In a message to his Turkish counterpart, Mustafa Sentop, on Saturday evening, Larijani expressed deep sorrow over the deaths and injuries of a number of Turkish people in the Friday quake in Elazig province, about 550 km (340 miles) east of the capital Ankara.
He further voiced the country’s readiness to provide any kind of assistance for the quake-stricken people in Turkey.
At least 29 people have been killed and more than 1,400 injured in the magnitude-6.8 quake.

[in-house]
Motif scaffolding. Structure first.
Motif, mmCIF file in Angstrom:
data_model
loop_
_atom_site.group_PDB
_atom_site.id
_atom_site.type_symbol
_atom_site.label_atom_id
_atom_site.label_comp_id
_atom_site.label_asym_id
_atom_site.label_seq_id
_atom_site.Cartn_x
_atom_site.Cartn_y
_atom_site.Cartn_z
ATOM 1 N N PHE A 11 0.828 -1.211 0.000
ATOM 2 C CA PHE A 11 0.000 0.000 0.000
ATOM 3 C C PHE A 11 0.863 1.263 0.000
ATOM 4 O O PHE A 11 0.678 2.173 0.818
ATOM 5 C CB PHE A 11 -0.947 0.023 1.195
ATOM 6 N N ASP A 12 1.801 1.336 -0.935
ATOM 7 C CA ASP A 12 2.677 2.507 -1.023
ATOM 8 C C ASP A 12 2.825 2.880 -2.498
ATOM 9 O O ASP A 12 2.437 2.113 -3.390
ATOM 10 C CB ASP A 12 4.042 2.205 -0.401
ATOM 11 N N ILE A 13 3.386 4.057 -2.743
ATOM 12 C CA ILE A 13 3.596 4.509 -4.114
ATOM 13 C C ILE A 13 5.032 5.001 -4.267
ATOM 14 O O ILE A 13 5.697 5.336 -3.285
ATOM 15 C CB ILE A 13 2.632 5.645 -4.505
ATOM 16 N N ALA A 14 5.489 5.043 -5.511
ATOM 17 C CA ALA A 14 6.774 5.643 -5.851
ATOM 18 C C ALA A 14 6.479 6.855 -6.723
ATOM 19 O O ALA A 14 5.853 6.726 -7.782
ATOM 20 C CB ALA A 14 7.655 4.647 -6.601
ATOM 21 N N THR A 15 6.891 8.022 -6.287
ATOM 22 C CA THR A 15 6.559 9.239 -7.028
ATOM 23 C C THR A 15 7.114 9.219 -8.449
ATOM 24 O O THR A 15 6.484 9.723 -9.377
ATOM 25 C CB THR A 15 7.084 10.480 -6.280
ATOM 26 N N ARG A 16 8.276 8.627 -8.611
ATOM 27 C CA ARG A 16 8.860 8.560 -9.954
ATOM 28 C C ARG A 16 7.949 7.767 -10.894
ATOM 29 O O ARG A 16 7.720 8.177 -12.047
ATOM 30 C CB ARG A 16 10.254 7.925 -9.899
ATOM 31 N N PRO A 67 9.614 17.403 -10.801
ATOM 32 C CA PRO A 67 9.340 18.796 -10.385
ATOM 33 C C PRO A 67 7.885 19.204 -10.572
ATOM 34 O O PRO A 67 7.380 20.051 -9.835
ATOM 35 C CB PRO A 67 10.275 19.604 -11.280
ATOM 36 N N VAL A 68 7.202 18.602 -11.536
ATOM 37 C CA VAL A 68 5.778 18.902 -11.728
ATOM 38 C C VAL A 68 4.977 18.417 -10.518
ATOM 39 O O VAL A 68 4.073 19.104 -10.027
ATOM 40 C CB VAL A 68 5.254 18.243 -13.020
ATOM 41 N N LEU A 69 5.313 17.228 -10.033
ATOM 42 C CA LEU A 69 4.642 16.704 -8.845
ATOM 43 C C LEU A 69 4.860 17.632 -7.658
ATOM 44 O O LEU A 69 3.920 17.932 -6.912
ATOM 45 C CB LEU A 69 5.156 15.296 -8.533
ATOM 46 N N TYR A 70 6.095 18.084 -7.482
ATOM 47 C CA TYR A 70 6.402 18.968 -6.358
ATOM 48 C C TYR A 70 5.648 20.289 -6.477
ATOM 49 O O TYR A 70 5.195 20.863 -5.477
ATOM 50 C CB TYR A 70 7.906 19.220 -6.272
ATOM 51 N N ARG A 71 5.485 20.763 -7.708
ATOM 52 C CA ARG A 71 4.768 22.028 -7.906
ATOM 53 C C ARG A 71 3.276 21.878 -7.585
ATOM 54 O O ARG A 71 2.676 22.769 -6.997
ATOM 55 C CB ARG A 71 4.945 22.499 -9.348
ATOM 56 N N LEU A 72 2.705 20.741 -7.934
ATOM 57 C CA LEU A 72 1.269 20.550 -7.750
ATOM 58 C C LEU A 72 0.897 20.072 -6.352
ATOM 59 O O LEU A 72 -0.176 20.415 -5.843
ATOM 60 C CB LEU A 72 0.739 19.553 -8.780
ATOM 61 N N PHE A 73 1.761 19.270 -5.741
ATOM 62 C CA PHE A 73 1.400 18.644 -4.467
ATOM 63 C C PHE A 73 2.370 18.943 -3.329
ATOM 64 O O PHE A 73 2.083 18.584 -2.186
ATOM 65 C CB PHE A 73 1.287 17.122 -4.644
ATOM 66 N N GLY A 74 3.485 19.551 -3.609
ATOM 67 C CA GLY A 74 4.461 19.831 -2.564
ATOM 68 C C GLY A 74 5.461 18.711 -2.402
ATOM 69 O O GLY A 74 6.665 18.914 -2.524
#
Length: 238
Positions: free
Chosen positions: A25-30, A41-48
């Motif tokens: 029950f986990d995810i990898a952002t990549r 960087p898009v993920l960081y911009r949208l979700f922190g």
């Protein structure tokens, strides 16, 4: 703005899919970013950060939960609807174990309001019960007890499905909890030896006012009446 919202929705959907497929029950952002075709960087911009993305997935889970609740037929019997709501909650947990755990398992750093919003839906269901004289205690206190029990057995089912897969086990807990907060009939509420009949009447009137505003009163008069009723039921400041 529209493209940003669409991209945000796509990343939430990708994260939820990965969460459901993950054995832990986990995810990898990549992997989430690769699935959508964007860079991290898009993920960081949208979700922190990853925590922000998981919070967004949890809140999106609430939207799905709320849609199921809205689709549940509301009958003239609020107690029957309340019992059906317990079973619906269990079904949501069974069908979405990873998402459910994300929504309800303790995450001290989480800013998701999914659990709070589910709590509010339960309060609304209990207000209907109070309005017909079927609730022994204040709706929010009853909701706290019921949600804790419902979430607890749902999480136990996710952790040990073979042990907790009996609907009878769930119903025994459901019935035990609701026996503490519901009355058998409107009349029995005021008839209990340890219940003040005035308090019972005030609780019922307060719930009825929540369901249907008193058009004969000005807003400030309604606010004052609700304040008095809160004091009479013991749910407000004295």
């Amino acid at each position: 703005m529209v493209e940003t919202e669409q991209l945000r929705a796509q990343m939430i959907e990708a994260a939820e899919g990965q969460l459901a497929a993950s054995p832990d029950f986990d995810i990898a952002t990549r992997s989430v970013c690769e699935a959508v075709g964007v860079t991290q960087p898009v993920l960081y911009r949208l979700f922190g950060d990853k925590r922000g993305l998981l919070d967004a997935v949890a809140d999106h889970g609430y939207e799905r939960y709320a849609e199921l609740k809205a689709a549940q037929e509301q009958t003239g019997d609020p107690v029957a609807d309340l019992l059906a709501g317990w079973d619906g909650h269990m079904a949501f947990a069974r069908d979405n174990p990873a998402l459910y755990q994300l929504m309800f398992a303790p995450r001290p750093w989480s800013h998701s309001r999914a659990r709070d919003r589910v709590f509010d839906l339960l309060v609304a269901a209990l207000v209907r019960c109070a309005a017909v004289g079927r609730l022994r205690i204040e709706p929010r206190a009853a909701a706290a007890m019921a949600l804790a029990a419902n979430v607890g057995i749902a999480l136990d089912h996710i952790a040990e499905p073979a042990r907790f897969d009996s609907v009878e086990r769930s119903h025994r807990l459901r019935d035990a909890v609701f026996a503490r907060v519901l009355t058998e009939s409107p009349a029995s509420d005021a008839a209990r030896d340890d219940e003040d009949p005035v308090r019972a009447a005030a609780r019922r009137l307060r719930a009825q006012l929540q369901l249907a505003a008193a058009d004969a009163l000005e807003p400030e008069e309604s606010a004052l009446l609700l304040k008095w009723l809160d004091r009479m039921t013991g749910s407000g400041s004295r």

Forty-three people have been rescued so far, with more than 20 feared to remain trapped, officials say.
State broadcaster TRT showed footage of dozens of workers in the dawn light using shovels to dig out a partly collapsed building in Elazig. Windows were smashed and balconies from at least four stories had crashed to the ground.
Teams worked through the night with their hands, drills and mechanical diggers to remove bricks and plaster from the ruins in the city where the overnight temperature dipped to -8 degrees Celsius.
Earthquakes are common in Turkey - about 17,000 people died in a quake in the western city of Izmit in 1999.